The European Stoxx 600 has added 0.6% to trade back at pre-NFP levels. US 10yr yields have added 6bp and the VIX is down 16% and is at its lowest level in a week. In the credit markets, the European Crossover and iTraxx indices have tightened by 10bp and 3bp respectively. European senior and subordinated financials have tightened by an impressive 12bp and 14bp respectively, while the CDX IG index is around 3bps firmer.
Turning briefly to Asia and the rally in the Nikkei was finally halted closing unchanged, bringing cumulative gains since the morning before the BoJ’s announcement last Thursday to 8.9%. Over that the same time period, The TOPIX Real Estate Index is up an incredible 24%, no doubt reflecting the prospect of renewed buying of REIT stocks from the BoJ’s asset purchasing program. Currency moves remain a key indicator to watch with the USDJPY creeping towards 100, and is trading at 98.90 as we type. DB strategists now see USDJPY hitting 120-140 under the BoJ's current mandate. JGB yields are broadly unchanged although the 30yr yield is 11bps higher overnight.
With the BoJ aggressively on the front foot there are considerable discussions on what a weaker JPY means for various economies. In Asia, Jun Ma and his team has looked at the potential impact on China. Given new assumptions on Japan's GDP growth and inflation they think the aggressive monetary easing by the BoJ will lift Chinese export growth by 1ppt and China's GDP growth by 0.1ppt. The impact on RMB/USD will likely be minimal and Japanese QE may slightly boost net capital inflows to China via carry trades. The aggressive easing is also spurring a flurry of activity in domestic JPY credit markets. The Nikkei is reporting that a number of Japanese companies are “rushing to issue JPY bonds” to take advantage of the recent compression in credit spreads and the low bond yields in the wake of the BoJ’s announcement last week. This mirrors a similar pattern to that seen in the US. Indeed yesterday that US bellwether FedEx priced a 10yr USD bond with a 2.7% coupon, tieing Dr Pepper Snapple for the second-lowest BBB/Baa1 rated 10yr bond coupon and only beaten by Fedex’s own 10yr bond issue (with 2.625% coupon) in mid-2012 (Reuters).
Elsewhere in overnight markets, the firmer tone is being helped by the latest Chinese inflation numbers for March which came in below market consensus (2.1% vs 2.5%). Whilst most Asian bourses are higher on the day the KOSPI (-0.1%) continues to underperform. Tensions on the Korean peninsula took another turn for the worse yesterday after the North announced the indefinite suspension of the joint industrial Gaesong complex along the border. The industrial park, located about an hours drive away from Seoul, is seen as a symbol of North-South Korean co-operation and is also an important source of foreign currency income for the North. According to the WSJ, South Korea provides $90m in annual wages paid directly to Pyongyang through labours employed within the industrial zone. North Koreans employed in the complex reportedly did not turn up for work this morning. The South Korean government said the North may be ready to conduct a nuclear test or missile launch as early as this week. The escalating confrontation between both sides is also raising alerts elsewhere. In his prepared remarks overnight, the Head of US Pacific Command said that the North Korea's poses a direct threat" to the US and its allies and the hostile rhetoric from Kim Jong Un "creates an environment marked by the potential for miscalculation and military escalation". North Korea clearly remains the wild card here and the 10th and 15th of April remain key dates to watch as we mentioned yesterday. They have said that they cannot guarantee the diplomatic missions in Pyongyang from the 10th onwards and the late Kim Il-Sung's birthday (North Korea's founder and grandfather of the current leader) is on the 15th. Korean credit spreads are broadly steady to a touch tighter this morning on the back of a positive tone in global credit.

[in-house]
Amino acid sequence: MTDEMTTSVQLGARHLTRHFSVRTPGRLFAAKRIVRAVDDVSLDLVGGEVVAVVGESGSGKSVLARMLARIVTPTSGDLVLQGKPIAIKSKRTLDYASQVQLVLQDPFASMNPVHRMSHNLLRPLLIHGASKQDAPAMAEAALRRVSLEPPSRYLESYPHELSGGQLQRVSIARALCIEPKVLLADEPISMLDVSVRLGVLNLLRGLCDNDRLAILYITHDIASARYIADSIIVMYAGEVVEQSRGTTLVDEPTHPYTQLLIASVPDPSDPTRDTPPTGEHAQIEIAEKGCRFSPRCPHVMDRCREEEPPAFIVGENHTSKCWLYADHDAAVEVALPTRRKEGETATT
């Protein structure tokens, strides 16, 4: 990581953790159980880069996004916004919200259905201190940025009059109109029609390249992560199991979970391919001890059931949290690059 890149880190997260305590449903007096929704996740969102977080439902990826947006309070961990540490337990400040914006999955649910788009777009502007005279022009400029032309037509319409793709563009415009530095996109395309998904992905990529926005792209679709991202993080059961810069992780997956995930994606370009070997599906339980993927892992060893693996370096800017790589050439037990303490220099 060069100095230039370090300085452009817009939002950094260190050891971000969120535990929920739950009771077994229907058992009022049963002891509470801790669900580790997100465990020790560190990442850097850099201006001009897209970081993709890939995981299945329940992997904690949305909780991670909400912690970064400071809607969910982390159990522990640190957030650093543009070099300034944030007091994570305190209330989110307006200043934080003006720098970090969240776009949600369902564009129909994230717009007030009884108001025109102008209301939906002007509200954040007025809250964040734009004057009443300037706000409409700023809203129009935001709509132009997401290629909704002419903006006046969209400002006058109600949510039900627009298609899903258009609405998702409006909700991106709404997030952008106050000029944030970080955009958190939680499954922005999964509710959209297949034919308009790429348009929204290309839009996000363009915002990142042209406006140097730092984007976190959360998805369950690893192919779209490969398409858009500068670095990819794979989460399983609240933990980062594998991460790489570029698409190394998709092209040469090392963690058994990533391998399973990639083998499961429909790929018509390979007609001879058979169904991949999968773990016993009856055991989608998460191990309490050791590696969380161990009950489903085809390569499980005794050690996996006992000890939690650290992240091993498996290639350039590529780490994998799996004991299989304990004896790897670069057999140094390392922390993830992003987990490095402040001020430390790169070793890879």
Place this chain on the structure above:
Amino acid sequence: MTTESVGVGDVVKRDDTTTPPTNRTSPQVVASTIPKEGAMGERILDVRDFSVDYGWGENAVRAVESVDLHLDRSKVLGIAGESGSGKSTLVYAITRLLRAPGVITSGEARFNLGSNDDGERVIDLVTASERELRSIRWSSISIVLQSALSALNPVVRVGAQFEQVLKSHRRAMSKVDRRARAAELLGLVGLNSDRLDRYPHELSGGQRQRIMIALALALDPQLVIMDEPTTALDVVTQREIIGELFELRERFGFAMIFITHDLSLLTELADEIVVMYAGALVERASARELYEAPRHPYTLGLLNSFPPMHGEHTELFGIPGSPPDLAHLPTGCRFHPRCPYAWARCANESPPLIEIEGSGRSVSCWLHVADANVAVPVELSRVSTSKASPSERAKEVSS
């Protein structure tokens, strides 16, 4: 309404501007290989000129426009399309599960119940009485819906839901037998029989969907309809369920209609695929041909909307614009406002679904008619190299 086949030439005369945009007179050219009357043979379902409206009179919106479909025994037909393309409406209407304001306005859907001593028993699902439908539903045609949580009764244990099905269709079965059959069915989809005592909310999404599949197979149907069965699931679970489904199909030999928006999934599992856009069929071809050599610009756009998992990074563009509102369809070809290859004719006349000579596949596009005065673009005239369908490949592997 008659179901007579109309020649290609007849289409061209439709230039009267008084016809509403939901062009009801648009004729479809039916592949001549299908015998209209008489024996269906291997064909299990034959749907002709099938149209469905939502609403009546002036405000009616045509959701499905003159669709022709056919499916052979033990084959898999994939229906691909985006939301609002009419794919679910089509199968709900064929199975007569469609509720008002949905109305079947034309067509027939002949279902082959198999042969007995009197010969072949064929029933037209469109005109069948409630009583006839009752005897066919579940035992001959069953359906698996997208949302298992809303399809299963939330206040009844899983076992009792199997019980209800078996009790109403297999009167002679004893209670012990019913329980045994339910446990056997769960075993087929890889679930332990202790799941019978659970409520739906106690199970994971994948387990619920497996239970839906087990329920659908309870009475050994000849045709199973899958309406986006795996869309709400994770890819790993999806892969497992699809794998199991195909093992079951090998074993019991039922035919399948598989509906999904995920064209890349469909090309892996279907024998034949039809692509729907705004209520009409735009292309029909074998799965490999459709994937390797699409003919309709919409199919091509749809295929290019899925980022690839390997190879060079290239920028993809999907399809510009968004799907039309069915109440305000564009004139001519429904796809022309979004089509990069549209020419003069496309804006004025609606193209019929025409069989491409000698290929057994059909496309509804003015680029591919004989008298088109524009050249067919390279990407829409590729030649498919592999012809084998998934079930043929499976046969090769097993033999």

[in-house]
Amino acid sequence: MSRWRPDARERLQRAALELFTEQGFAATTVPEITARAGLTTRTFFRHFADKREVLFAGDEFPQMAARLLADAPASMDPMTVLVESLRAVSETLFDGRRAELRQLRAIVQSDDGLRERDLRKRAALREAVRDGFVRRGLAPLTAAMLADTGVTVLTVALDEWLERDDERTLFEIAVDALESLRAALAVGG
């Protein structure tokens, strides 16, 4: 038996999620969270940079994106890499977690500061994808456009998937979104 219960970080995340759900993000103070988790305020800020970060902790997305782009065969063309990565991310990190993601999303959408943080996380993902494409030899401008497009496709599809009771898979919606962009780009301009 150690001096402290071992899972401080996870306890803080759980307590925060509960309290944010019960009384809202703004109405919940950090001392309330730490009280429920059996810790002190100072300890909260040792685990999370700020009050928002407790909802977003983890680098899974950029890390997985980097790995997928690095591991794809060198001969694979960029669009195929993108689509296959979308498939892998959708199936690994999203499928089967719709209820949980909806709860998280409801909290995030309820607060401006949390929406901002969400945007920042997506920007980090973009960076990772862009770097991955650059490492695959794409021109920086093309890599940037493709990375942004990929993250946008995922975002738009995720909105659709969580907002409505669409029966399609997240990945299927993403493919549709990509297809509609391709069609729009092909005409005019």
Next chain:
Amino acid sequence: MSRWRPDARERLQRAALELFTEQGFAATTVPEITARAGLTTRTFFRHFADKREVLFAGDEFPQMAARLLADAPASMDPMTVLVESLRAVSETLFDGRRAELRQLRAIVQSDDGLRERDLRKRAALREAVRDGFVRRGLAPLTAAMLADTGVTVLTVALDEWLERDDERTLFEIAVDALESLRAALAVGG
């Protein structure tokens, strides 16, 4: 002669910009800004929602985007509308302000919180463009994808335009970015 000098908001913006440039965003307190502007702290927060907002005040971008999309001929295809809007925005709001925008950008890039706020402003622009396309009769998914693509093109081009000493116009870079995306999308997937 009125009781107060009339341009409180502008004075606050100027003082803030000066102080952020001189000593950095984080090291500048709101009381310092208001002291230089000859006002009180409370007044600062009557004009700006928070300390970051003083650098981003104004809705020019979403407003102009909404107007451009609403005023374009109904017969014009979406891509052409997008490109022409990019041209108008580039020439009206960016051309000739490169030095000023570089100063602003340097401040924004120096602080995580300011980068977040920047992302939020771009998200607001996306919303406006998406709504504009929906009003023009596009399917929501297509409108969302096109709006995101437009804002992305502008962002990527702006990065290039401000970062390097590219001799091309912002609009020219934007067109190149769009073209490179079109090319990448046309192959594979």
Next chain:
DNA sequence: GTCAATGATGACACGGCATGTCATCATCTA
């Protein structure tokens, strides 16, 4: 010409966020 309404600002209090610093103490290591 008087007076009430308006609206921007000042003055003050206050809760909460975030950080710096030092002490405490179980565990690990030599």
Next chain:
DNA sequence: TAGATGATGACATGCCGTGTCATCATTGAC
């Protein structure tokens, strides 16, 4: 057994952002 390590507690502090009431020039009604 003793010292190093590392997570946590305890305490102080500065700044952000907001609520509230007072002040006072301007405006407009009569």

In other headlines, Bernanke spoke overnight at a conference sponsored by the Atlanta Fed. Although his speech steered away from commenting on the outlook for the economy and monetary policy, he did say that conditions remain “clearly still far from where we would all like them to be”. He added that the global monetary easing amongst major industrial economies was “mutually constructive”.
Turning to the day ahead, we have a relatively busier day for data with German, French and UK trade numbers in Europe. The UK will also print industrial numbers for February. In the US the NFIB small business optimism index, wholesale inventories and the BLS JOLTS survey are the data highlights.